Significantly reducing the textile industry’s environmental footprint will require a radical shift in its business model: from one based on selling ever-more new products to one based on waste prevention and resource sufficiency.
If exponentially more new clothing is sold every year, the total negative impact of the industry will continue to increase – regardless of developments in technology to recycle textile waste into new yarns and fabrics, or greater uptake of lower-impact production techniques.
This means that we must reduce the amount of new textile products made from virgin resources entering the economy in the first place.
META takes inspiration from some best practices based on reusing, repairing and remaking. Governments must champion policies that allow best practices like these examples to thrive and become the new norm.
Reusing: sharing and swapping
The Lena Fashion Library in Amsterdam asks us to rethink ownership of our clothing through its lending service for fashion where people can check out clothes just as they would a book. The Irish rental platform Sharedrobes is a ‘peer to peer’ model, allowing users to make money by renting their clothes to others. Swapsies in Ireland and Swap Party in Slovenia organise clothing swap events, and on the Irish app NuWardrobe everything is ‘for share’ not for sale.
Repairing: at home and in-store
Some brands have pioneered repair schemes. The Swedish denim brand Nudie Jeans has a network of repair shops and partners around the world where their customers can take their jeans when they are ripped and torn. German outdoor brand Vaude has both an in-house repair service and it makes repair manuals (as well as spare parts) available online so customers can repair products themselves. Pool is a small Belgian social enterprise that works to extend the life of clothing through consumer education workshops on how to repair your clothes.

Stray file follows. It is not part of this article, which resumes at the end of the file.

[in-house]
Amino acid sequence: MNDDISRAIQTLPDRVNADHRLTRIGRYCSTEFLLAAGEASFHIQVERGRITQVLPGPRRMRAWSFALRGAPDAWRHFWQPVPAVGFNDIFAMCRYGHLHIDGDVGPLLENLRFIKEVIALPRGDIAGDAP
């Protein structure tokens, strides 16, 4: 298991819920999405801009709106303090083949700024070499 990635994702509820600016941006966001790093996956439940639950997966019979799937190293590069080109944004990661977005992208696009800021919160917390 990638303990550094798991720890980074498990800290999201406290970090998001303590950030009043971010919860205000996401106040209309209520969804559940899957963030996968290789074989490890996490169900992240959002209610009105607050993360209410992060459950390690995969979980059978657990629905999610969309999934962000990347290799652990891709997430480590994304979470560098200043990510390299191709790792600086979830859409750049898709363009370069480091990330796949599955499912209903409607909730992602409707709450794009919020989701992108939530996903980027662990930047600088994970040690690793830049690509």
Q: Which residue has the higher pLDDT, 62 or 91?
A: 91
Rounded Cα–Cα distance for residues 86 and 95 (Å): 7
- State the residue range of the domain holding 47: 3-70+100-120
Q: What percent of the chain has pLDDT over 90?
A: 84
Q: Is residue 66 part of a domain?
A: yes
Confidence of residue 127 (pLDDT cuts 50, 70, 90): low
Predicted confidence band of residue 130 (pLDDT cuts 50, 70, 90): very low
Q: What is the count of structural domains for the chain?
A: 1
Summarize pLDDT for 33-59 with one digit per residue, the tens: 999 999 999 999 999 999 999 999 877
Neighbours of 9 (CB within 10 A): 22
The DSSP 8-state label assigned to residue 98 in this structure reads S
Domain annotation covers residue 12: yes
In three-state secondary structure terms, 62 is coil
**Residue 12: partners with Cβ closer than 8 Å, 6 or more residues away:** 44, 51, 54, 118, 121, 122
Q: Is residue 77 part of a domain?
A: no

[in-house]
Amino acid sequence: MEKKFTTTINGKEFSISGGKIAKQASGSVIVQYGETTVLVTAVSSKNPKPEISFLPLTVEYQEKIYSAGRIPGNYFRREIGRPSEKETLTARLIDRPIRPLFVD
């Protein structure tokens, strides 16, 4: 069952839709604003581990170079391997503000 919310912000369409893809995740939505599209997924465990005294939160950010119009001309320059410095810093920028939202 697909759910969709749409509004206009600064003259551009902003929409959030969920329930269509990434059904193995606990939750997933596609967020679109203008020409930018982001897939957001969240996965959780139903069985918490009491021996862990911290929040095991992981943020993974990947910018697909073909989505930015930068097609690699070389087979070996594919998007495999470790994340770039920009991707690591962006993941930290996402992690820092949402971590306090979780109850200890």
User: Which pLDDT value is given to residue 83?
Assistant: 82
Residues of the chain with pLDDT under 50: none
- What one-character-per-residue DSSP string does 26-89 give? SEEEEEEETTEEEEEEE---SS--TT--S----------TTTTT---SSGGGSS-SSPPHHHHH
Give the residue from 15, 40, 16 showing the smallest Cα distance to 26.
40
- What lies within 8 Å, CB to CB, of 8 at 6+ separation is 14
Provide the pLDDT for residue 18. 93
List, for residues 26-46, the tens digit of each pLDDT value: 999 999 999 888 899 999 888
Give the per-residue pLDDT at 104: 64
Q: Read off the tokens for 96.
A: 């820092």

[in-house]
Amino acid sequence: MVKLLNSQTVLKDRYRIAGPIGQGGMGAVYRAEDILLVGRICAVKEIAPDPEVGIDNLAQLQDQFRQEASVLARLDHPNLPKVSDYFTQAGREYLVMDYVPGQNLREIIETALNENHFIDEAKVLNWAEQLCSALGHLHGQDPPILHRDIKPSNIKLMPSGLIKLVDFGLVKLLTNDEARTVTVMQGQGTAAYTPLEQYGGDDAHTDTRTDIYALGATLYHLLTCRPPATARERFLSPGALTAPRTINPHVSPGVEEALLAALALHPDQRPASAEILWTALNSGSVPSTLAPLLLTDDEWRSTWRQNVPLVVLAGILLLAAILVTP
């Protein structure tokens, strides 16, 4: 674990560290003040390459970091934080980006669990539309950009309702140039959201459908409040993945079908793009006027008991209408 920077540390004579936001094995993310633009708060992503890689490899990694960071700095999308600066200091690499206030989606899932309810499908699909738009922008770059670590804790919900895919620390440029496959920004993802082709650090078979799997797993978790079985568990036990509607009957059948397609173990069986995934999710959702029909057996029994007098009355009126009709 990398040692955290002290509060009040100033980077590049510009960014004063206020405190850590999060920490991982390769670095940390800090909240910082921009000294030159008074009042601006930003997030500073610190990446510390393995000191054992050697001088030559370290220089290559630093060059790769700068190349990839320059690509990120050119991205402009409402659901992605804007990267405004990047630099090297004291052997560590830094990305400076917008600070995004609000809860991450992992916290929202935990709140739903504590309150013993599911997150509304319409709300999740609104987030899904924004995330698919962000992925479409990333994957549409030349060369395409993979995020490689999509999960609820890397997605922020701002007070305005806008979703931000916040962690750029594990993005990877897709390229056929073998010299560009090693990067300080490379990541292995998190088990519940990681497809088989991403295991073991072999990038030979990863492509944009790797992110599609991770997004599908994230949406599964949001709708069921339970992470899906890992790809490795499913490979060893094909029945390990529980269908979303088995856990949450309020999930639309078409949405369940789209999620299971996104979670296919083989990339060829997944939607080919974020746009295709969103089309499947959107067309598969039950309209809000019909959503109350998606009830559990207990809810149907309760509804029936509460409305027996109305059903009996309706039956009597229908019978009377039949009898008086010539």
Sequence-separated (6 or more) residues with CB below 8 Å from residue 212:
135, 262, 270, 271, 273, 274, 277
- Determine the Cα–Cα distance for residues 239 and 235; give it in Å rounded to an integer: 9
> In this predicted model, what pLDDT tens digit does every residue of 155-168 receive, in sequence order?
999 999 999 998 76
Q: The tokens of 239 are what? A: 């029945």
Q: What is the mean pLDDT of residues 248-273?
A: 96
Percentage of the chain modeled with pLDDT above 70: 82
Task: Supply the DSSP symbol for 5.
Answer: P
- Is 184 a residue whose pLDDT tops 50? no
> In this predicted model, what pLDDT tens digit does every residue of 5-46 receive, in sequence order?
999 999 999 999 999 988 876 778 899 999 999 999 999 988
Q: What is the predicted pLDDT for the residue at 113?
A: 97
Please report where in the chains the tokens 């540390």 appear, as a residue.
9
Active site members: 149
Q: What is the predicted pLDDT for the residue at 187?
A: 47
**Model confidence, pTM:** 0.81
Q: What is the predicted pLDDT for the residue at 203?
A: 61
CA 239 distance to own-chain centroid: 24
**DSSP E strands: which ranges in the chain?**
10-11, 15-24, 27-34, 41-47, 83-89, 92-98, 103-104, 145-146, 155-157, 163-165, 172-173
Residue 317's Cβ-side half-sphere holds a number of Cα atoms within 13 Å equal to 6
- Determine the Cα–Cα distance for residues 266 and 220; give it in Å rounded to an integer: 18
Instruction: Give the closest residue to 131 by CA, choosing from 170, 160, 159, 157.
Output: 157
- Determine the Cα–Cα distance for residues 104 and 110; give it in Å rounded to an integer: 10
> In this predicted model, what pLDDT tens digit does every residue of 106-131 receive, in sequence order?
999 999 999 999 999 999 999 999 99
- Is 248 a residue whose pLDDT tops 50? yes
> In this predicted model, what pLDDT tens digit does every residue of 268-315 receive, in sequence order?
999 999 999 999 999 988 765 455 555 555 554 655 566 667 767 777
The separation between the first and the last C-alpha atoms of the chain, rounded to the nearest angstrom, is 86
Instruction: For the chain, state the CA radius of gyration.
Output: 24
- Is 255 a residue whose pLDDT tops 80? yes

Remaking: upcycling and remanufacturing
There are many examples of companies and small designers that take textiles otherwise destined for incineration or landfill, disassemble them and remake them into something new, often known as ‘upcycling’ – Isatio is a small brand which has pioneered the concept in Belgium. Perhaps one of the most inspiring examples has to be French company La Tête dans les Nuages which takes retired hot air balloons and turns them into multi-coloured bean bags – putting the ‘up’ into upcycling. The company also creates employment opportunities for people who have experienced exclusion from the labour market.